Here is my own modest contribution to the subject. If there are any errors, or if you can think of some way to improve this chart, please let us know. Consider this a “finding aid” for CSL car types. If you can see the car number in a photo, you can easily look up which type it is using this chart.
To create this, we have consulted not only Don’s Rail Photos, but CERA bulletins 27 (1941) and 146 (2015), The Birney Car by Dr. Harold E. Cox (1966), and Electric Railway Historical Society bulletin 8, The Hammond Whiting and East Chicago Ry. by James J. Buckley (1953).
You can even extrapolate a few things from this exercise. If more postwar PCCs had been ordered, as was originally planned, the first new Chicago Railways car would have been 4412, and 7275 for the Chicago City Railway.
Likewise, there is a large unused block of numbers after the Chicago Railways Birneys. Does this mean there were hopes to order more Birneys, which were not realized, since they proved too small for such a big city?
I guess, when there are so many factors involved, it’s too much to expect that you can make all the numbers add up, all the time. This way lies madness.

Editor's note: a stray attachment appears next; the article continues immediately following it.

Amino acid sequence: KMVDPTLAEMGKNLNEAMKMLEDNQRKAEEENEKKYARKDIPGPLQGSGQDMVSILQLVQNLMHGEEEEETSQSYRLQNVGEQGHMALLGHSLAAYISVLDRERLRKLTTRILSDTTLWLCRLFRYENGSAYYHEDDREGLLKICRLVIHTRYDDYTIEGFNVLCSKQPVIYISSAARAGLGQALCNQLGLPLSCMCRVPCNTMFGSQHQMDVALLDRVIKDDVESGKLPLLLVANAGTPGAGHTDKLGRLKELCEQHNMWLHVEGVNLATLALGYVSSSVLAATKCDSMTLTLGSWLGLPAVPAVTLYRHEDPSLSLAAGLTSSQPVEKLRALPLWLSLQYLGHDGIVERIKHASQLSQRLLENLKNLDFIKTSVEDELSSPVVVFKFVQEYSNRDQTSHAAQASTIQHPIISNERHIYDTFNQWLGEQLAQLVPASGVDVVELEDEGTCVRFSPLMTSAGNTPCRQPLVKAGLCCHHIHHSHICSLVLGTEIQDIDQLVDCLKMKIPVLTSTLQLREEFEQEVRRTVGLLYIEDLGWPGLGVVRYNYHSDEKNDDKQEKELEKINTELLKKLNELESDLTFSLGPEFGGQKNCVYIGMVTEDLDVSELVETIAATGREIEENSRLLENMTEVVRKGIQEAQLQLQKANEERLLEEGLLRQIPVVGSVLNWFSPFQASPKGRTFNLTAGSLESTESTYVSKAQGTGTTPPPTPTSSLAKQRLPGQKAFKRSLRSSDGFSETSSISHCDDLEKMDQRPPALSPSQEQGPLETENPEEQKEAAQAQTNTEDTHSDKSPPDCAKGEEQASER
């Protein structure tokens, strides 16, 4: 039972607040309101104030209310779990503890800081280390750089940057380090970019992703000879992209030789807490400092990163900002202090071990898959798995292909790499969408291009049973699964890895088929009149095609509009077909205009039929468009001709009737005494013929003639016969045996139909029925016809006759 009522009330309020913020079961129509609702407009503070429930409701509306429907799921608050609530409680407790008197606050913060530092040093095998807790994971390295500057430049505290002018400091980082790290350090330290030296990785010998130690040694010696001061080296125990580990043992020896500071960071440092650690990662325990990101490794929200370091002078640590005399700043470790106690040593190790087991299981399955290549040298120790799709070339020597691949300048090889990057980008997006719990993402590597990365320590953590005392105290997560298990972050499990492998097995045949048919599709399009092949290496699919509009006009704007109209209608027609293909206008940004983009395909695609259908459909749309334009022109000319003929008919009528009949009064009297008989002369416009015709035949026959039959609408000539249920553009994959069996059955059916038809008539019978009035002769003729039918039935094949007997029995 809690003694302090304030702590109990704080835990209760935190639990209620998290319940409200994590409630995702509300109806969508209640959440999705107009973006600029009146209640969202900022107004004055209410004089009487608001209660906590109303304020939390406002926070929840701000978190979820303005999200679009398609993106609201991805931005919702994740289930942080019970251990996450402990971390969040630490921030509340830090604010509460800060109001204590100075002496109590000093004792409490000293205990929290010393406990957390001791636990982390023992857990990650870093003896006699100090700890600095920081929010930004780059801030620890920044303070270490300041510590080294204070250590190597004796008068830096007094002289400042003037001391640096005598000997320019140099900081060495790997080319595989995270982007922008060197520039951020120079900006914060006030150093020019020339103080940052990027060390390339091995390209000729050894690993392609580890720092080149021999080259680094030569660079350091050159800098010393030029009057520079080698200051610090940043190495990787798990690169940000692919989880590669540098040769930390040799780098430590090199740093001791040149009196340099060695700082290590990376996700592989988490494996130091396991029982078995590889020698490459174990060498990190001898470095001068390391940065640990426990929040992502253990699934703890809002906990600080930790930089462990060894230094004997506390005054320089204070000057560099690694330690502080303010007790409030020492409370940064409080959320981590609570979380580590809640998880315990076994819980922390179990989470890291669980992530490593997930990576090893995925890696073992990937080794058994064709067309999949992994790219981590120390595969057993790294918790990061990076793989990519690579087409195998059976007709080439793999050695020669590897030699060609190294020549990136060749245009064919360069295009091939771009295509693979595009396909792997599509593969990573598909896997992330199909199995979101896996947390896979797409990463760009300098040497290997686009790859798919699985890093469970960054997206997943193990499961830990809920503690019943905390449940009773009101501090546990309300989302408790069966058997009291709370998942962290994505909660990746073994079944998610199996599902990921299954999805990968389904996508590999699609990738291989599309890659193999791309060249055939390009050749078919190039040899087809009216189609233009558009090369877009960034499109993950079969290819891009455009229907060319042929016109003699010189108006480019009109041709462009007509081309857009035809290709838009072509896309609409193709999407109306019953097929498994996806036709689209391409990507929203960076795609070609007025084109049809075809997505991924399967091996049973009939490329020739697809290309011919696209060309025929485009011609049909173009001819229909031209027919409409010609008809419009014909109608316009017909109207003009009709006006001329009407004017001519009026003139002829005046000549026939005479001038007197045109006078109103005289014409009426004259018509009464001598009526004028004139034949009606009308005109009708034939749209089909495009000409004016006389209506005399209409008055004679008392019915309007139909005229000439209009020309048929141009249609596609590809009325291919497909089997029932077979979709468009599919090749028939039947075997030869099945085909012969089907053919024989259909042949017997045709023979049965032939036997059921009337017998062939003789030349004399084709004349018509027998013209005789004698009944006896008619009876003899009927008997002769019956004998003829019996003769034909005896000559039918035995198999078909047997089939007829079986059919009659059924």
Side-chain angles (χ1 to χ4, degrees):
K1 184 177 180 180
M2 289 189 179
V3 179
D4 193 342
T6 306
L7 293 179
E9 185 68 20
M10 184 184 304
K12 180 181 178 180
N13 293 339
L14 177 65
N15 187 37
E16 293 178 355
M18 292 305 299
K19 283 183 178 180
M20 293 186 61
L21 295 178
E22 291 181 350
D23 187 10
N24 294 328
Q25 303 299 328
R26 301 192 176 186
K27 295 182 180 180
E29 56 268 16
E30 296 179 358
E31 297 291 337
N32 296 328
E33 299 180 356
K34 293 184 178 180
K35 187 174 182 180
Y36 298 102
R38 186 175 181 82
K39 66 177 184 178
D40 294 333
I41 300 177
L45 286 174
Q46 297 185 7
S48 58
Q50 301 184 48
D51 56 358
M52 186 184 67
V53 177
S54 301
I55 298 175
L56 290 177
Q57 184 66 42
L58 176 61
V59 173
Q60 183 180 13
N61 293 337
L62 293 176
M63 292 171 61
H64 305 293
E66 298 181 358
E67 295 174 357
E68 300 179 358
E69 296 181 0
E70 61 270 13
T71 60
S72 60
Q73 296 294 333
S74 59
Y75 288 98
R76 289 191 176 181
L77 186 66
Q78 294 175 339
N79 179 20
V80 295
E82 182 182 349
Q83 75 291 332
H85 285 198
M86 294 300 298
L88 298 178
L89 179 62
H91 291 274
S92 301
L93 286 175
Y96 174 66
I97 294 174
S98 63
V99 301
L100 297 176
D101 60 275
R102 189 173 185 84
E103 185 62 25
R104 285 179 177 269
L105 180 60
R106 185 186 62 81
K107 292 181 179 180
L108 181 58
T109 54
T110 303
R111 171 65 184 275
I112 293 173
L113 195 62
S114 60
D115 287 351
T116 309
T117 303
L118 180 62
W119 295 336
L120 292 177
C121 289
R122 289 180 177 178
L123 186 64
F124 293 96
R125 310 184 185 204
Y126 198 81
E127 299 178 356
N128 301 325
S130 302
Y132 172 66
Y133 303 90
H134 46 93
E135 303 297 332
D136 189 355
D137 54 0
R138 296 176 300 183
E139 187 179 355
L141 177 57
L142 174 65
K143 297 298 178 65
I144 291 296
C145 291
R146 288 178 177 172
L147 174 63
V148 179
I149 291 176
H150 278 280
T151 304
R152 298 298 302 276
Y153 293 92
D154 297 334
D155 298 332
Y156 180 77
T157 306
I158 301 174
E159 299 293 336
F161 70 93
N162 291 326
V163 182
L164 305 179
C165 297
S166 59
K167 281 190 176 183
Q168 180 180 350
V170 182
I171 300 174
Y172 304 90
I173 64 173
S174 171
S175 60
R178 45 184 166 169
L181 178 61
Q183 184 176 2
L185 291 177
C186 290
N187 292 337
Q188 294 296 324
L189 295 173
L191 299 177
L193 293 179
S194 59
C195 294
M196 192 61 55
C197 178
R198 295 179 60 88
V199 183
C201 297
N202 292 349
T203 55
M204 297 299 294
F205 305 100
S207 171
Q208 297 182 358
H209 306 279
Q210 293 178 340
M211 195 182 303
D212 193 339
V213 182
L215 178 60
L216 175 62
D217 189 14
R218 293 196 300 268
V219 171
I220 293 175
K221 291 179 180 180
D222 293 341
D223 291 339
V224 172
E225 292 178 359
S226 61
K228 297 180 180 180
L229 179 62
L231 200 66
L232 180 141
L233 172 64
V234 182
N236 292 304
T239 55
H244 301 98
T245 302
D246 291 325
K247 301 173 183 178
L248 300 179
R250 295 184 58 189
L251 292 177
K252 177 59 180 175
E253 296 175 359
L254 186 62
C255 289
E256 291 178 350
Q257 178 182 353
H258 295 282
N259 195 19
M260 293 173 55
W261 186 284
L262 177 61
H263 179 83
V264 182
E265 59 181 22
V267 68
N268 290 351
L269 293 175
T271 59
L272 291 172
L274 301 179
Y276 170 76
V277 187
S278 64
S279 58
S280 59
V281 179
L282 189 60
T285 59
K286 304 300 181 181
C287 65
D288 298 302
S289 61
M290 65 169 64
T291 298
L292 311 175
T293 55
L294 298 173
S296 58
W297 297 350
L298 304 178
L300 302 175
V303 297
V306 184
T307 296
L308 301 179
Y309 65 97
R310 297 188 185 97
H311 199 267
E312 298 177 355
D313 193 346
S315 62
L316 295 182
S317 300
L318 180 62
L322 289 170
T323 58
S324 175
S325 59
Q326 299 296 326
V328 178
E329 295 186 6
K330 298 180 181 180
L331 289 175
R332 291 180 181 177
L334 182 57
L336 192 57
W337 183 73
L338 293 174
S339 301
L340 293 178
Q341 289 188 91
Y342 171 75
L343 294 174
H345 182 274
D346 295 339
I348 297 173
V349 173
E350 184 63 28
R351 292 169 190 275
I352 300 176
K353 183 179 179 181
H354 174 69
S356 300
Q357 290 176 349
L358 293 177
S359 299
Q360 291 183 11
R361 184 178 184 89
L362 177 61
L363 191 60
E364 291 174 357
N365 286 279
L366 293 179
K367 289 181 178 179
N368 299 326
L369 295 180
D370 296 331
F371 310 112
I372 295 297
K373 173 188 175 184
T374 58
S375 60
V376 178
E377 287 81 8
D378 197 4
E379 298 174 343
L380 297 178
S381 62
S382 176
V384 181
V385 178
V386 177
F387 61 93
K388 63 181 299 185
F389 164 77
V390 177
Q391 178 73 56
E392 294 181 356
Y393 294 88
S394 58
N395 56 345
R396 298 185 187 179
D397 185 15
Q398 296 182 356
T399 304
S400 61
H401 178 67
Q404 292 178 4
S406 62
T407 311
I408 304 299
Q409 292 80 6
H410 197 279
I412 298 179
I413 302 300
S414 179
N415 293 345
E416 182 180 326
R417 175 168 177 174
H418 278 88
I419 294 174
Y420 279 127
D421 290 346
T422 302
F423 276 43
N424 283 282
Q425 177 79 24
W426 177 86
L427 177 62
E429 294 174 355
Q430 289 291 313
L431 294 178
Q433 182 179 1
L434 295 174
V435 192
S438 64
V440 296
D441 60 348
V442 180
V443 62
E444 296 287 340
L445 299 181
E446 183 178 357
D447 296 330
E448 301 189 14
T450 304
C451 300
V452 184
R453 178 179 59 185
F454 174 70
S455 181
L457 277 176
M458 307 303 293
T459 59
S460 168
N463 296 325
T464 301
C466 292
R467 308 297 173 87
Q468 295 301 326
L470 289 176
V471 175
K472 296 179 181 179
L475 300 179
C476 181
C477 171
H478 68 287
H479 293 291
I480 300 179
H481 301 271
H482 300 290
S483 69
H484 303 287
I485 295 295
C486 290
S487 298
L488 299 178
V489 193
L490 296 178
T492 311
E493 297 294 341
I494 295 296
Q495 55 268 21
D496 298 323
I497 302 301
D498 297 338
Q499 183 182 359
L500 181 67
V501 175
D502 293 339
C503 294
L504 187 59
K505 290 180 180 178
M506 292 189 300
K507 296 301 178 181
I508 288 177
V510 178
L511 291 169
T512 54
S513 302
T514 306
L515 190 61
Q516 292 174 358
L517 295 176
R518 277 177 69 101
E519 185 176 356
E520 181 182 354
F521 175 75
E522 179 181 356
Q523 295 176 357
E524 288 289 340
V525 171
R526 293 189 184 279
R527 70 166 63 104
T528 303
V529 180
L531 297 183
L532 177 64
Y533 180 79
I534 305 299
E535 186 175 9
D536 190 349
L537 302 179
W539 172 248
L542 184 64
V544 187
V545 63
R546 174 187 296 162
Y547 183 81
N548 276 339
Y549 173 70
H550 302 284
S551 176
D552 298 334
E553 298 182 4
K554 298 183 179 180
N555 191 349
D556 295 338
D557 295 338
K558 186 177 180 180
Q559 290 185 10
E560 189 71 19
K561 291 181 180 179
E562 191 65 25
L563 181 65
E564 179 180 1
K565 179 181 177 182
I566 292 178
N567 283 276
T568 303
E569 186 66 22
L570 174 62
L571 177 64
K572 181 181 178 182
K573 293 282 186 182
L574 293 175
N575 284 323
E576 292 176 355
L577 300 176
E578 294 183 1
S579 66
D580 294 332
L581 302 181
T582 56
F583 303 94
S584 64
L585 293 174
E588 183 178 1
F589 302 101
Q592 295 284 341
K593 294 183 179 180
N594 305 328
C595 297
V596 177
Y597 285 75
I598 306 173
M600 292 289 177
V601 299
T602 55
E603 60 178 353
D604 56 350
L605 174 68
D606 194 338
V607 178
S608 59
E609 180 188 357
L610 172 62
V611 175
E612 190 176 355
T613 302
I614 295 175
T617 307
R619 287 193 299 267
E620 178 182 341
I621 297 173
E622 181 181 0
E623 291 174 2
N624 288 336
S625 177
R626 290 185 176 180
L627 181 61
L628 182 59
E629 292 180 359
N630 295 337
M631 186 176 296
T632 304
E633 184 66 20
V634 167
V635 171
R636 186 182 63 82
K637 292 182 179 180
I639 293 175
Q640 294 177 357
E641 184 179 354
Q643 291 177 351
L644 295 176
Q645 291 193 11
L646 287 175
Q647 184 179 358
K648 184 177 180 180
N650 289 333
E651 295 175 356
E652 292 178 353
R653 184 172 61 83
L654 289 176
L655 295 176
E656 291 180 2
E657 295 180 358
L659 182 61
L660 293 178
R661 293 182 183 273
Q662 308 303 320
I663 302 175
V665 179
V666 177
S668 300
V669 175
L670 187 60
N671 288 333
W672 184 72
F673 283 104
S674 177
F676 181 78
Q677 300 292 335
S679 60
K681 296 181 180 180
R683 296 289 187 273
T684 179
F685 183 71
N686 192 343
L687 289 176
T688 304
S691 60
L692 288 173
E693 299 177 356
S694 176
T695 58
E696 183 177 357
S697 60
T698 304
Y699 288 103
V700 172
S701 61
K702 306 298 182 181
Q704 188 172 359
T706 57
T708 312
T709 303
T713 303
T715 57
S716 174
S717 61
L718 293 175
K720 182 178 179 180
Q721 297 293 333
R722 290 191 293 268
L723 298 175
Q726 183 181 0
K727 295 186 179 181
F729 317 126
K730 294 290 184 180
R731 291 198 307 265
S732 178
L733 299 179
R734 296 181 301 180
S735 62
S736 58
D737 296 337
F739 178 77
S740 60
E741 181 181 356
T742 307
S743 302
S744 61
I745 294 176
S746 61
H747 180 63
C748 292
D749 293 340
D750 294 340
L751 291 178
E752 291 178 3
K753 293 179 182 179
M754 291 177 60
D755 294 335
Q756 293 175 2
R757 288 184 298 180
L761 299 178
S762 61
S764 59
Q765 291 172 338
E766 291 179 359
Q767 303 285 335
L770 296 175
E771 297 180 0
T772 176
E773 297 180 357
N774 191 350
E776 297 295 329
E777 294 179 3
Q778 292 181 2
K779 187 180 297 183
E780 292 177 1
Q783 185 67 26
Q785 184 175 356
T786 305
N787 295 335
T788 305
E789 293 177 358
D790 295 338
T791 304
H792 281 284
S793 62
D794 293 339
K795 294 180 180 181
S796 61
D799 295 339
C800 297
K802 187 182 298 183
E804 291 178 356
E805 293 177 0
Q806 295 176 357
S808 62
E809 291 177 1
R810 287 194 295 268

To paraphrase Emerson, since the Surface Lines was perhaps the greatest streetcar system of all time, it can also be the most misunderstood. I hope that we have made that a little easier.
Tony Zadjura writes:
In need of a little advice. I am the Chairman of the Jefferson Township Historical Society, Lackawanna County PA. Our area includes Moosic Lake, which at one time had trolley service to the lake and amusement park (Gateway to the Clouds). We have recently been given a photograph of # 409 which shows Moosic Lake as its destination. A question has been raised as to whether the Moosic Lake destination sign has been added.
The trolley service to Moosic Lake terminated in 1926.
Is it possible to give a date of this car being built or first being available for use by STC in service. I am enclosing the photo in question, cropped to show the front of the car a little better. Any help would be appreciated. Thanks in advance.
Thanks for writing. According to Don’s Rail Photos, “409 was built by Osgood-Bradley Co. in 1925” for the Scranton Transit Company.
So, it is possible that this car could have operated to Moosic Lake, but not for very long.
Hope this helps.
Tony Zadjura replies:
Thanks for the quick reply. According to accounts, the trolley ride over the Moosic mountain must have been a thrill!